Every investor in Anatara Lifesciences Limited (ASX:ANR) should be aware of the most powerful shareholder groups. Institutions will often hold stock in bigger companies, and we expect to see insiders owning a noticeable percentage of the smaller ones. I quite like to see at least a little bit of insider ownership. As Charlie Munger said ‘Show me the incentive and I will show you the outcome.’
With a market capitalization of AU$21m, Anatara Lifesciences is a small cap stock, so it might not be well known by many institutional investors. In the chart below below, we can see that institutions don’t own many shares in the company. We can zoom in on the different ownership groups, to learn more about ANR.
What Does The Lack Of Institutional Ownership Tell Us About Anatara Lifesciences?
Institutional investors often avoid companies that are too small, too illiquid or too risky for their tastes. But it’s unusual to see larger companies without any institutional investors.
There could be various reasons why no institutions own shares in a company. Typically, small, newly listed companies don’t attract much attention from fund managers, because it would not be possible for large fund managers to build a meaningful position in the company. It is also possible that fund managers don’t own the stock because they aren’t convinced it will perform well. Anatara Lifesciences’s earnings and revenue track record (below) may not be compelling to institutional investors — or they simply might not have looked at the business closely.
Hedge funds don’t have many shares in Anatara Lifesciences. While there is some analyst coverage, the company is probably not widely covered. So it could gain more attention, down the track.
Insider Ownership Of Anatara Lifesciences
While the precise definition of an insider can be subjective, almost everyone considers board members to be insiders. The company management answer to the board; and the latter should represent the interests of shareholders. Notably, sometimes top-level managers are on the board, themselves.
Most consider insider ownership a positive because it can indicate the board is well aligned with other shareholders. However, on some occasions too much power is concentrated within this group.
Our most recent data indicates that insiders own a reasonable proportion of Anatara Lifesciences Limited. Insiders own AU$4.2m worth of shares in the AU$21m company. I would say this shows alignment with shareholders, but it is worth noting that the company is still quite small; some insiders may have founded the business. You can click here to see if those insiders have been buying or selling.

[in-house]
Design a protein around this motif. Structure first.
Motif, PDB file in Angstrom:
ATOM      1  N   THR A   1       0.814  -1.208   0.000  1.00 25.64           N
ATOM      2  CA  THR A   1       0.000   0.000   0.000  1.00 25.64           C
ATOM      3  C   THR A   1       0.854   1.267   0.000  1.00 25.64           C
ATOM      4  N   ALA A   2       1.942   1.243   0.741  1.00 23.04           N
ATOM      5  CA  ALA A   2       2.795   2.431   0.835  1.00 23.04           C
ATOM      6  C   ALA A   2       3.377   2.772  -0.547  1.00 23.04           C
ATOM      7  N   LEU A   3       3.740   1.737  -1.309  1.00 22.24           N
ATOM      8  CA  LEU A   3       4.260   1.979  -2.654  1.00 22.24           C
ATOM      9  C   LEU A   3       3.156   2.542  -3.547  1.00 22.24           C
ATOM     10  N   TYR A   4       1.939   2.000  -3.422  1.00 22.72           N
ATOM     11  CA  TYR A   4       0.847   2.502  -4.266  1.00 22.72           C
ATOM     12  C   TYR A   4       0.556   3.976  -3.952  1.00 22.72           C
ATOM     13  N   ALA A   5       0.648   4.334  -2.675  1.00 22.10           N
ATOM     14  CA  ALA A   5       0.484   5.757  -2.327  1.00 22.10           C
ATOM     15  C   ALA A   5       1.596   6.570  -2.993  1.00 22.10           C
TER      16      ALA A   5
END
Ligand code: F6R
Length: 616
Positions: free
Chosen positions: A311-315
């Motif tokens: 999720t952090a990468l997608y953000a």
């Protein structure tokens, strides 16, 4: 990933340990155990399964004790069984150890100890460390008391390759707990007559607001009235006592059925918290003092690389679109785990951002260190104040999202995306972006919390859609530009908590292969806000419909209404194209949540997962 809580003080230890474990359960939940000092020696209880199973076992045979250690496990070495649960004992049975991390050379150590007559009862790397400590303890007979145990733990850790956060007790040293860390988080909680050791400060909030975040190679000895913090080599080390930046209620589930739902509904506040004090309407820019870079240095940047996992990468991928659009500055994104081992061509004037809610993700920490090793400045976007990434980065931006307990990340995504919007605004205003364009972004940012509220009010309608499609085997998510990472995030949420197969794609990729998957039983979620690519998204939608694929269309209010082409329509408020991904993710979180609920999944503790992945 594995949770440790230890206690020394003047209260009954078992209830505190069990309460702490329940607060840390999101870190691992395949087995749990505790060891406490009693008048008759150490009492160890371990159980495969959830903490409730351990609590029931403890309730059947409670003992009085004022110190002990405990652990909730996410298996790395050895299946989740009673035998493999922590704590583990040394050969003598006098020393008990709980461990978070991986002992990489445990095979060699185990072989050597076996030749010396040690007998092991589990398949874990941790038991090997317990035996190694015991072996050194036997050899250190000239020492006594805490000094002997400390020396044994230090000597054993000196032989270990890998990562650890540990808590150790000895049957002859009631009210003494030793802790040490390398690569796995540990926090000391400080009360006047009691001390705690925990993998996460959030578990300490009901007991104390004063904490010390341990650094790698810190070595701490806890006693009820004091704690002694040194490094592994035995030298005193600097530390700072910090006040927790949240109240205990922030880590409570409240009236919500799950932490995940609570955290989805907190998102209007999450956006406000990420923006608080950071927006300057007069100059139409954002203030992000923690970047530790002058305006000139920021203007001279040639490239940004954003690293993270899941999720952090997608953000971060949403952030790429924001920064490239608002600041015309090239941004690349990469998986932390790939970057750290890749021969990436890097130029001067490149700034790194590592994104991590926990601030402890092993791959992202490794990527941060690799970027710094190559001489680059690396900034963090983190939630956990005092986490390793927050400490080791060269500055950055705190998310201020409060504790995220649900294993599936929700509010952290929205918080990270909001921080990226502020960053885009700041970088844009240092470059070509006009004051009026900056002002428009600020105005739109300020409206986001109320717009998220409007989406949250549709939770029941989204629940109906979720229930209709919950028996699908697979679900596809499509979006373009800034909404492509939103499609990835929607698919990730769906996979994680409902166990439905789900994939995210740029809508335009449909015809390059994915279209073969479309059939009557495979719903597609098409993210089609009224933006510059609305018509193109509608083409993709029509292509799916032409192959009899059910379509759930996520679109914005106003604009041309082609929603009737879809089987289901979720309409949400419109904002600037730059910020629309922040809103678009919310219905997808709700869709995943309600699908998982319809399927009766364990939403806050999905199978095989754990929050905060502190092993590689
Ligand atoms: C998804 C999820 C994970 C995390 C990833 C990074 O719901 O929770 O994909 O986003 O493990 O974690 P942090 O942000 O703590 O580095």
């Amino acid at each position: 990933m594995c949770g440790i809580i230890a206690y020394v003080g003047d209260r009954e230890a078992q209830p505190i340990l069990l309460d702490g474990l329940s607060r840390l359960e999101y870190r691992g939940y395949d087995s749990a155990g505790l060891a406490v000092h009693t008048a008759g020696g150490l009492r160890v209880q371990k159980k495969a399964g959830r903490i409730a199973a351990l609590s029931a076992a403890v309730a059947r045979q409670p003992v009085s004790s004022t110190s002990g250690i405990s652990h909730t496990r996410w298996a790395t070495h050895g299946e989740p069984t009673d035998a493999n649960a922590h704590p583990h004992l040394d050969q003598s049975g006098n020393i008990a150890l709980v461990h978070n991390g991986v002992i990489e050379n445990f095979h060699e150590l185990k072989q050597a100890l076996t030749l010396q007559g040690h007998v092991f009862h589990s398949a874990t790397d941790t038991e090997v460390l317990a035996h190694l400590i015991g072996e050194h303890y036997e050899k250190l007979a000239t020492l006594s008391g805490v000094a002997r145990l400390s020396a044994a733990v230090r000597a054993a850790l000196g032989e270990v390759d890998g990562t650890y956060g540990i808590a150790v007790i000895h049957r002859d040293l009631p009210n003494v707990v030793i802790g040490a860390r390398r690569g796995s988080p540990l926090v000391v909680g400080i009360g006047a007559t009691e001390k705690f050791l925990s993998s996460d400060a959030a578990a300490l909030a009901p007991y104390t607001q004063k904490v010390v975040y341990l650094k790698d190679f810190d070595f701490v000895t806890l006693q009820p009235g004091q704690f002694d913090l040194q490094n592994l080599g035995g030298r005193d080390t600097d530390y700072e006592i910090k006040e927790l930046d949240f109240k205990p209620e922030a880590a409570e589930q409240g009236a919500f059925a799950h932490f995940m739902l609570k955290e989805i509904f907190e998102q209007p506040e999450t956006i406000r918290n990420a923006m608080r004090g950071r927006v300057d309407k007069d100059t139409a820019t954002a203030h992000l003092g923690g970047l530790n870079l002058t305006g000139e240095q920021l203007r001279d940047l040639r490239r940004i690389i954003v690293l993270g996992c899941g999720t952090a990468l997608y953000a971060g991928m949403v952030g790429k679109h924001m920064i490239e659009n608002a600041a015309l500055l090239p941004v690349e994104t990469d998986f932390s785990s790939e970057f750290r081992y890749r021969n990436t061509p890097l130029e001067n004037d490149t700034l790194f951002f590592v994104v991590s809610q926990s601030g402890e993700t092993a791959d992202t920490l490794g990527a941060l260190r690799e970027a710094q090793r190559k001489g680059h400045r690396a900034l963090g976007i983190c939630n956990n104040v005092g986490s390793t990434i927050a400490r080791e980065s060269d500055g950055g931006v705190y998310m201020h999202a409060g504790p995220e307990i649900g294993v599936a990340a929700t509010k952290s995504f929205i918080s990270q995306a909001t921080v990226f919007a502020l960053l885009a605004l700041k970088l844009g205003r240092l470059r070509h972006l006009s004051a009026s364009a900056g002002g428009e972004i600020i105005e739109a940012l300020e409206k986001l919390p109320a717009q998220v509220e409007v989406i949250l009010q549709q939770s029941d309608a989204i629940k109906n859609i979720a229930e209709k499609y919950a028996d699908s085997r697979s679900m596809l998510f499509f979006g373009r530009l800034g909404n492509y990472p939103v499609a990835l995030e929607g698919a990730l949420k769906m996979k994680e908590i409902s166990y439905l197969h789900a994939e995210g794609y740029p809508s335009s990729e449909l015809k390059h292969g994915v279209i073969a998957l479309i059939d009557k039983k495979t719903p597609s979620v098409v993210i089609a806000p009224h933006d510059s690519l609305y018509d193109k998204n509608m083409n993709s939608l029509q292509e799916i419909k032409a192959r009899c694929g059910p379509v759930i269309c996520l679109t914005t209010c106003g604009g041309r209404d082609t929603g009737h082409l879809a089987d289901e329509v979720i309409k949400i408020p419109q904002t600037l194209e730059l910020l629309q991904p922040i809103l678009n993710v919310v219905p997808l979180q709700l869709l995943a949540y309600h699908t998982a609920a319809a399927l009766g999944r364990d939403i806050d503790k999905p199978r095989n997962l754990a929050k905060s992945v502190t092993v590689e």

General Public Ownership
The general public — mostly retail investors — own 53% of Anatara Lifesciences . This level of ownership gives retail investors the power to sway key policy decisions such as board composition, executive compensation, and the dividend payout ratio.
Private Equity Ownership
With a stake of 8.7%, private equity firms could influence the ANR board. Some might like this, because private equity are sometimes activists who hold management accountable. But other times, private equity is selling out, having taking the company public.
Private Company Ownership
We can see that Private Companies own 17%, of the shares on issue. It might be worth looking deeper into this. If related parties, such as insiders, have an interest in one of these private companies, that should be disclosed in the annual report. Private companies may also have a strategic interest in the company.
I find it very interesting to look at who exactly owns a company. But to truly gain insight, we need to consider other information, too.
I like to dive deeper into how a company has performed in the past. You can access this interactive graph of past earnings, revenue and cash flow, for free .
Ultimately the future is most important. You can access this free report on analyst forecasts for the company.
NB: Figures in this article are calculated using data from the last twelve months, which refer to the 12-month period ending on the last date of the month the financial statement is dated. This may not be consistent with full year annual report figures.
To help readers see past the short term volatility of the financial market, we aim to bring you a long-term focused research analysis purely driven by fundamental data. Note that our analysis does not factor in the latest price-sensitive company announcements.
The author is an independent contributor and at the time of publication had no position in the stocks mentioned. For errors that warrant correction please contact the editor at email@example.com.